Genetic associations with radiological damage in rheumatoid arthritis: Meta-analysis of seven genome-wide association studies of 2,775 cases


Autoři: Matthew Traylor aff001;  Rachel Knevel aff003;  Jing Cui aff006;  John Taylor aff007;  Westra Harm-Jan aff003;  Philip G. Conaghan aff008;  Andrew P. Cope aff010;  Charles Curtis aff011;  Paul Emery aff008;  Stephen Newhouse aff011;  Hamel Patel aff011;  Sophia Steer aff015;  Peter Gregersen aff016;  Nancy A. Shadick aff006;  Michael E. Weinblatt aff006;  Annette Van Der Helm-van Mil aff005;  Jennifer H. Barrett aff009;  Ann W. Morgan aff008;  Cathryn M. Lewis aff002;  Ian C. Scott aff018
Působiště autorů: Department of Clinical Neurosciences, Stroke Research Group, University of Cambridge, Cambridge, United Kingdom aff001;  Department of Medical and Molecular Genetics, King’s College London, London, United Kingdom aff002;  Brigham and Women’s Hospital, Division of Genetics, Raychaudhuri Lab, Boston, MA, United States of America aff003;  Broad institute, Cambridge, MA, United States of America aff004;  Department of Rheumatology C1-R, Leiden University Medical Center, Albinusdreef, Leiden, the Netherlands aff005;  Division of Rheumatology Immunology and Allergy Brigham & Women's Hospital Harvard Medical School Boston, MA, United States of America aff006;  Leeds Institute of Cancer & Pathology, Worsley Building Level 11 (LIDA), Clarendon Way, Leeds, United Kingdom aff007;  Leeds Institute of Rheumatic and Musculoskeletal Medicine, University of Leeds, Leeds, United Kingdom aff008;  NIHR Leeds Biomedical Research Centre, Leeds Teaching Hospitals NHS Trust, Leeds, United Kingdom aff009;  Academic Department of Rheumatology, Centre for Molecular and Cellular Biology of Inflammation, King's College London, London, United Kingdom aff010;  NIHR Biomedical Research Centre at South London and Maudsley NHS Foundation Trust and King’s College London, London, United Kingdom aff011;  SGDP Centre, Institute of Psychiatry, Psychology & Neuroscience, King’s College London, London, United Kingdom aff012;  Department of Biostatistics and Health Informatics, Institute of Psychiatry, Psychology and Neuroscience, King’s College London, London, United Kingdom aff013;  Farr Institute of Health Informatics Research, UCL Institute of Health Informatics, University College London, London, United Kingdom aff014;  Department of Rheumatology, King’s College Hospital, Denmark Hill, London, United Kingdom aff015;  The Feinstein Institute for Medical Research, Northwell Health, Manhasset, New York, United States of America aff016;  School of Medicine, University of Leeds, Leeds, United Kingdom aff017;  Primary Care Centre Versus Arthritis, Research Institute for Primary Care and Health Sciences, Primary Care Sciences, Keele University, Keele, United Kingdom aff018;  Haywood Academic Rheumatology Centre, Haywood Hospital, Midlands Partnership NHS Foundation Trust, High Lane, Burslem, Staffordshire, United Kingdom aff019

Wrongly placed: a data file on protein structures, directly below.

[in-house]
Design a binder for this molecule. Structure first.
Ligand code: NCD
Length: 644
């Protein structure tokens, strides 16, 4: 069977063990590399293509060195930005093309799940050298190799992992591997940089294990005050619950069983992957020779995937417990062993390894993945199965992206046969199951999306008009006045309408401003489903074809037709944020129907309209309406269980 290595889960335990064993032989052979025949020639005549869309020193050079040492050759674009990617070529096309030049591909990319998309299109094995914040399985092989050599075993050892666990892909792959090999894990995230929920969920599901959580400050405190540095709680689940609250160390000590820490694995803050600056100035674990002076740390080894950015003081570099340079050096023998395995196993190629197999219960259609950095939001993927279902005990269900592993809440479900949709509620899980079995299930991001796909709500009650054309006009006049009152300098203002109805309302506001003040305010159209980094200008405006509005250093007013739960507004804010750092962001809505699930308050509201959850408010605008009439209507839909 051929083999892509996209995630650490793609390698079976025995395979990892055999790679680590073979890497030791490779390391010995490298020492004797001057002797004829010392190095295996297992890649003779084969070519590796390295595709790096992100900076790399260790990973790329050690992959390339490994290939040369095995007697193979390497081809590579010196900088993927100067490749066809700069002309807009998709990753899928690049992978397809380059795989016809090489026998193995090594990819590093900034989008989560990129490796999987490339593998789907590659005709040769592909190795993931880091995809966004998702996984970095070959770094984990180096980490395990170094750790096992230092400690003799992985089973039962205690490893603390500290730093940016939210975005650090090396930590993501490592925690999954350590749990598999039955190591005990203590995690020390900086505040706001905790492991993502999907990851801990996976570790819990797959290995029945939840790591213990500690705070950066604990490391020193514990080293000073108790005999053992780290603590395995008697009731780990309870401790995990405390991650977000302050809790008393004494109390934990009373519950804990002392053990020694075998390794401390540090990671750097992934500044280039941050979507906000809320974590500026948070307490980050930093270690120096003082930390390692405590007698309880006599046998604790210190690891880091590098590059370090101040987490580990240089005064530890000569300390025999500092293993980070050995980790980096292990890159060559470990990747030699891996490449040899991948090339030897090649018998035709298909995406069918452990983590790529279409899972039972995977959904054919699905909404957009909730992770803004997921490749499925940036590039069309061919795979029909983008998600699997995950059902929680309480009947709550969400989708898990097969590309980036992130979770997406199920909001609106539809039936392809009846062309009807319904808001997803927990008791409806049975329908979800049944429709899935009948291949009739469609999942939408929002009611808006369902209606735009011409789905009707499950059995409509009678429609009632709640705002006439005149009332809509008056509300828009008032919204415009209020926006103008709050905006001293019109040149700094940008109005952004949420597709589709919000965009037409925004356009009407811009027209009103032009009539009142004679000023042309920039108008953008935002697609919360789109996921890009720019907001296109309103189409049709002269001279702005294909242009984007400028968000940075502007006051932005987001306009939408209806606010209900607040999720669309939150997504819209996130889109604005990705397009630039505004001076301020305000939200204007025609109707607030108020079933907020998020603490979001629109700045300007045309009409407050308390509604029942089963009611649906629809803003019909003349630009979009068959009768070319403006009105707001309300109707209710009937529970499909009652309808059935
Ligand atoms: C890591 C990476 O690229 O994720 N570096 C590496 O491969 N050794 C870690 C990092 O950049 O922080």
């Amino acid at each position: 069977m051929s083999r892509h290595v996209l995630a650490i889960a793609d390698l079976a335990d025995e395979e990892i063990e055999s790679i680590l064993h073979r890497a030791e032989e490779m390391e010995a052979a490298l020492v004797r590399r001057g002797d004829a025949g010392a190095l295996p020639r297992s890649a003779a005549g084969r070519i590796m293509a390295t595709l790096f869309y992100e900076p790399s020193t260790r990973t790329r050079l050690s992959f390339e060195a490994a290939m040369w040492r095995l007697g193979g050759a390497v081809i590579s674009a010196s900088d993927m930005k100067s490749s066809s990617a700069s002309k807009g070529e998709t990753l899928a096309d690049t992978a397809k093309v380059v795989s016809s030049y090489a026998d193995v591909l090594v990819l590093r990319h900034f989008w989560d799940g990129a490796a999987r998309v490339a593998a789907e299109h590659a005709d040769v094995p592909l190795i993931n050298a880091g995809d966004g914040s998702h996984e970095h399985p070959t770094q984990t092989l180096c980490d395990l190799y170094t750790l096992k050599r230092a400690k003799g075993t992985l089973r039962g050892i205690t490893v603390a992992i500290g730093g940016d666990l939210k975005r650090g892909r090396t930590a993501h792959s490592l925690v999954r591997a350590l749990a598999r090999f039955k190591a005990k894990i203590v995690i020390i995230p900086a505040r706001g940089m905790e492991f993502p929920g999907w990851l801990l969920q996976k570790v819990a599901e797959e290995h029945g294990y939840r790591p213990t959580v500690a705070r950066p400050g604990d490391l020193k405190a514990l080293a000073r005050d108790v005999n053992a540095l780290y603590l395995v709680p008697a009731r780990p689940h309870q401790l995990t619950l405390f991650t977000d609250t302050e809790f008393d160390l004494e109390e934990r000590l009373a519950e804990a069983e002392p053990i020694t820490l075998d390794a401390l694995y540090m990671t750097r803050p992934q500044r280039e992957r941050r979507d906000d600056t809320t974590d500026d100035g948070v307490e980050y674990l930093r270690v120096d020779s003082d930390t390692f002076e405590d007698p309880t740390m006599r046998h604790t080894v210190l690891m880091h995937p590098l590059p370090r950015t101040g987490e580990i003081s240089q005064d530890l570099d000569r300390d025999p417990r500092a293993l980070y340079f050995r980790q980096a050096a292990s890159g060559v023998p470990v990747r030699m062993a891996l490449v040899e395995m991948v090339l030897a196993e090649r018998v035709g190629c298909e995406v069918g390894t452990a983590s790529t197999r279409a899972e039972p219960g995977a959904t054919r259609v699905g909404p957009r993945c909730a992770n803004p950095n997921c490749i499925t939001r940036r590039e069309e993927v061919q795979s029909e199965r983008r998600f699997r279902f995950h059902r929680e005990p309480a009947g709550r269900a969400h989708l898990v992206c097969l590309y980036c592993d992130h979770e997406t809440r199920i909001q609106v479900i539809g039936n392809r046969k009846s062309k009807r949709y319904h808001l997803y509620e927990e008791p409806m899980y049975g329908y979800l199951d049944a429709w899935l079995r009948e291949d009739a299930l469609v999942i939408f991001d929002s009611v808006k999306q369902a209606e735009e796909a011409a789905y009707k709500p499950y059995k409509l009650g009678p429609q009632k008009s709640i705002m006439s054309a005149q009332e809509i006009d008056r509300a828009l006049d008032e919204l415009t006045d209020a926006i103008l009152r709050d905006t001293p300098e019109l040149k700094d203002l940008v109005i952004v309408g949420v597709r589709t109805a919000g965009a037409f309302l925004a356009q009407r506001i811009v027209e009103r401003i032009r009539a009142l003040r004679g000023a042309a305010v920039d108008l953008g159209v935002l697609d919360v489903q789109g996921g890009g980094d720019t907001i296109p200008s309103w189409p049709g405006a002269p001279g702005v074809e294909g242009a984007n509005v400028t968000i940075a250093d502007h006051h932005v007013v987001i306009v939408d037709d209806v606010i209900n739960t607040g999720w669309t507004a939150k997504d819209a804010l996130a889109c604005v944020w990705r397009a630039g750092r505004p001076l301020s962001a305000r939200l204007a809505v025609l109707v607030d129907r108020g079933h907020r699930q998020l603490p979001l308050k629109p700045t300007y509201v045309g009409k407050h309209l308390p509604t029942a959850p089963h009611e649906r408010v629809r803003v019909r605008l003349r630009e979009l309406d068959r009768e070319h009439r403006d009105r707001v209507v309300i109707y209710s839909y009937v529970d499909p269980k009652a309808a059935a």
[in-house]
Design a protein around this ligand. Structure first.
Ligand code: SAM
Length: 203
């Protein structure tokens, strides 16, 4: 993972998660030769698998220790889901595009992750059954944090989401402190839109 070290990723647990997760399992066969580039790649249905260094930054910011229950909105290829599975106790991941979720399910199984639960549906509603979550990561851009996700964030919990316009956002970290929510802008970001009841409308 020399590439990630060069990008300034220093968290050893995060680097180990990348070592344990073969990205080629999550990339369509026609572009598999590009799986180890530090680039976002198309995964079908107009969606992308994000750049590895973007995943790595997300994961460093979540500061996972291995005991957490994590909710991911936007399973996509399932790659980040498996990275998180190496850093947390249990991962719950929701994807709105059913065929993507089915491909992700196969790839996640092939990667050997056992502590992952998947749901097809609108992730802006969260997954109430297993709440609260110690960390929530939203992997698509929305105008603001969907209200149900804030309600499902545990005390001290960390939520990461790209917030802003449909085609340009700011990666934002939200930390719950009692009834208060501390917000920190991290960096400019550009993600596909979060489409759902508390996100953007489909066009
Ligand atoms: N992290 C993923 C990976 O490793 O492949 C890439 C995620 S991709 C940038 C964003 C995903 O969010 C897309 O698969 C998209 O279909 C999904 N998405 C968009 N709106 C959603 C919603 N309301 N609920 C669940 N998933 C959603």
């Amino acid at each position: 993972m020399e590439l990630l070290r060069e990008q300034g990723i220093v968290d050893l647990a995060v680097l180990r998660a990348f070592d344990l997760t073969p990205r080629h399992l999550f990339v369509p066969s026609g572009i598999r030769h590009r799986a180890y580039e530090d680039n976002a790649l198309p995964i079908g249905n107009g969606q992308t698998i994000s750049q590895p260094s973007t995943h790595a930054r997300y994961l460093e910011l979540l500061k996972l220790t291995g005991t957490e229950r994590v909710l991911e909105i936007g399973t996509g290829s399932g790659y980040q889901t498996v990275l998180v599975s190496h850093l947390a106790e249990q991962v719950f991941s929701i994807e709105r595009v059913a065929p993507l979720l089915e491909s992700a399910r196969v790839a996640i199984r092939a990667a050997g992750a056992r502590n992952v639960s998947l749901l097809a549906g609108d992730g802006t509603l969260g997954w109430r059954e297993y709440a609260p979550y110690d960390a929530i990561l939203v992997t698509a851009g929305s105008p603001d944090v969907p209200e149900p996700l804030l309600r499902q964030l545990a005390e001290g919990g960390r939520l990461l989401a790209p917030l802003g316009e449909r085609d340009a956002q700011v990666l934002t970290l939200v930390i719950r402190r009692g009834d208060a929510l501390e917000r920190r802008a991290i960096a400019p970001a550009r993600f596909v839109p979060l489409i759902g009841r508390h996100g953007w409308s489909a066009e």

Vyšlo v časopise: PLoS ONE 14(10)
Kategorie: Research Article
doi: 10.1371/journal.pone.0223246

Souhrn

Background

Previous studies of radiological damage in rheumatoid arthritis (RA) have used candidate-gene approaches, or evaluated single genome-wide association studies (GWAS). We undertook the first meta-analysis of GWAS of RA radiological damage to: (1) identify novel genetic loci for this trait; and (2) test previously validated variants.

Methods

Seven GWAS (2,775 RA cases, of a range of ancestries) were combined in a meta-analysis. Radiological damage was assessed using modified Larsen scores, Sharp van Der Heijde scores, and erosive status. Single nucleotide polymophsim (SNP) associations with radiological damage were tested at a single time-point using regression models. Primary analyses included age and disease duration as covariates. Secondary analyses also included rheumatoid factor (RF). Meta-analyses were undertaken in trans-ethnic and European-only cases.

Results

In the trans-ethnic primary meta-analysis, one SNP (rs112112734) in close proximity to HLA-DRB1, and strong linkage disequilibrium with the shared-epitope, attained genome-wide significance (P = 4.2x10-8). In the secondary analysis (adjusting for RF) the association was less significant (P = 1.7x10-6). In both trans-ethnic primary and secondary meta-analyses 14 regions contained SNPs with associations reaching P<5x10-6; in the European primary and secondary analyses 13 and 10 regions contained SNPs reaching P<5x10-6, respectively. Of the previously validated SNPs for radiological progression, only rs660895 (tagging HLA-DRB1*04:01) attained significance (P = 1.6x10-5) and had a consistent direction of effect across GWAS.

Conclusions

Our meta-analysis confirms the known association between the HLA-DRB1 shared epitope and RA radiological damage. The lack of replication of previously validated non-HLA markers highlights a requirement for further research to deliver clinically-useful prognostic genetic markers.

Klíčová slova:

Brass – Europe – Genetics of disease – Genome-wide association studies – Health services research – Metaanalysis – Molecular genetics – Rheumatoid arthritis


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